Research has shown that bidialectal children may reveal patterns of language acquisition that differ from monolingual children. In this chapter, we discuss this research and report on a new study addressing the question as to how bidialectal acquisition affects the acquisition of literacy, in particular, spelling and reading comprehension. In order to address this question, this study compared the same monolingual and bidialectal children in the Netherlands in their test results of spelling and reading comprehension in Dutch at two time points during primary school (grades 2 and 6), as well as their growth rates between these time points. The results showed that the bidialectal children in grade 2 scored significantly higher on tests in spelling and reading comprehension compared to the monolingual children. Yet, this head start is no longer evident in grade 6. For reading comprehension bidialectal children show lower growth rates in test scores from grade 2 to grade 6 compared to the monolinguals. We argue that the high phonological correspondences between Dutch and dialect lead to higher phonological awareness for bidialectal children to distinguish between concepts of sound and print needed for early, but not later, literacy acquisition in Dutch.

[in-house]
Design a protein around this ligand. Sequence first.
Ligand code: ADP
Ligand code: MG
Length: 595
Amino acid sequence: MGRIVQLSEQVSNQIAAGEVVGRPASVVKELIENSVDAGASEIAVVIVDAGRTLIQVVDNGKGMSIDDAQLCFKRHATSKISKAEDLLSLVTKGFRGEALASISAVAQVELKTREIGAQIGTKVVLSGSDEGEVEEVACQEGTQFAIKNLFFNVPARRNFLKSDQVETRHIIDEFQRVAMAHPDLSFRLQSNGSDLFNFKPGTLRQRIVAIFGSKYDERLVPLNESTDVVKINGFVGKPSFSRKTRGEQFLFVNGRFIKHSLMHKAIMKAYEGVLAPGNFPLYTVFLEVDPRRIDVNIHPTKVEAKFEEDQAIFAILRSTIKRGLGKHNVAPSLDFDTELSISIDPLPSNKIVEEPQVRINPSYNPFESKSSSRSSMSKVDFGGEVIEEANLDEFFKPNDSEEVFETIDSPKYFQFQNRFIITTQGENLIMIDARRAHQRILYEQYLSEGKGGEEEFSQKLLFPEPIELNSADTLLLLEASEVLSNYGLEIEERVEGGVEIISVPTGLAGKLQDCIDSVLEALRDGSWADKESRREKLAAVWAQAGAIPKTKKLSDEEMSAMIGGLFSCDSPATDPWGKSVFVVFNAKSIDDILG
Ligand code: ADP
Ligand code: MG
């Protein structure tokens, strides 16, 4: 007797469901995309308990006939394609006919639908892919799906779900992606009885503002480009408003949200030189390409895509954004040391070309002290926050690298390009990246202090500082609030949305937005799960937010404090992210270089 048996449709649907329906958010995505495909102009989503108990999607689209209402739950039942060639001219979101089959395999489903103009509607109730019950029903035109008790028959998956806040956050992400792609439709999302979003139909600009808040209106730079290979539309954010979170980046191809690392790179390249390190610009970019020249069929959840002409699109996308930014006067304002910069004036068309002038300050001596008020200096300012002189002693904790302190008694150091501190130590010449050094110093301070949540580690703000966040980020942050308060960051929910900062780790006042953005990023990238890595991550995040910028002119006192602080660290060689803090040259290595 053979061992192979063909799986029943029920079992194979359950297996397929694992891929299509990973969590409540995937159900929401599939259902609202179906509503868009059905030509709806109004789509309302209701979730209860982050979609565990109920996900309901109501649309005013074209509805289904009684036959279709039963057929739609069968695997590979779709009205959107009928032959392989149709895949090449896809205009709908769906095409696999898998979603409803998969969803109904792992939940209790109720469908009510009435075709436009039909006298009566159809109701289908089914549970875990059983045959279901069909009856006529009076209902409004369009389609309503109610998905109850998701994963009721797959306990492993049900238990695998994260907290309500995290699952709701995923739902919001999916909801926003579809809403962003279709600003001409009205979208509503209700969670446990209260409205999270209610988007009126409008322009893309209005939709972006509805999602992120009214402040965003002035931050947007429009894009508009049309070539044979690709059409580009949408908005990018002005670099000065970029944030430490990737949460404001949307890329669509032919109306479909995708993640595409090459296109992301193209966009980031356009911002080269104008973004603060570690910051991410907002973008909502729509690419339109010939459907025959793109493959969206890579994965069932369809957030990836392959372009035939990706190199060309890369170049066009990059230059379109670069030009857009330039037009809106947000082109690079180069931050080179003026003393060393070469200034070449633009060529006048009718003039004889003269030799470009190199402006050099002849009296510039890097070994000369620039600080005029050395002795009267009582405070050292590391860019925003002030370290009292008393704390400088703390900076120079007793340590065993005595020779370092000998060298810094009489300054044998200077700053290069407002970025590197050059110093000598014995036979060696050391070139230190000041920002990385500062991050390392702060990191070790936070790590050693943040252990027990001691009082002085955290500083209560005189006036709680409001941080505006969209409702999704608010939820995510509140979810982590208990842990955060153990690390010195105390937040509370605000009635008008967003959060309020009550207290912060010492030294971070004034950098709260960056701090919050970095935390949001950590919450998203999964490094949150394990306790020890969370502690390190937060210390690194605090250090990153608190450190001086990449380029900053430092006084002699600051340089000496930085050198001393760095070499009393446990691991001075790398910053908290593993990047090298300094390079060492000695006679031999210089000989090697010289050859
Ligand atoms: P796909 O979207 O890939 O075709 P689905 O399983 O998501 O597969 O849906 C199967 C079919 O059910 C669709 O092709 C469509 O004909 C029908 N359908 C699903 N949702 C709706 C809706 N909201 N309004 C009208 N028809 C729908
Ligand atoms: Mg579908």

|Title of host publication
|Handbook of Literacy in Diglossia and in Dialectal Contexts. Literacy Studies
|Published - 15 Mar 2022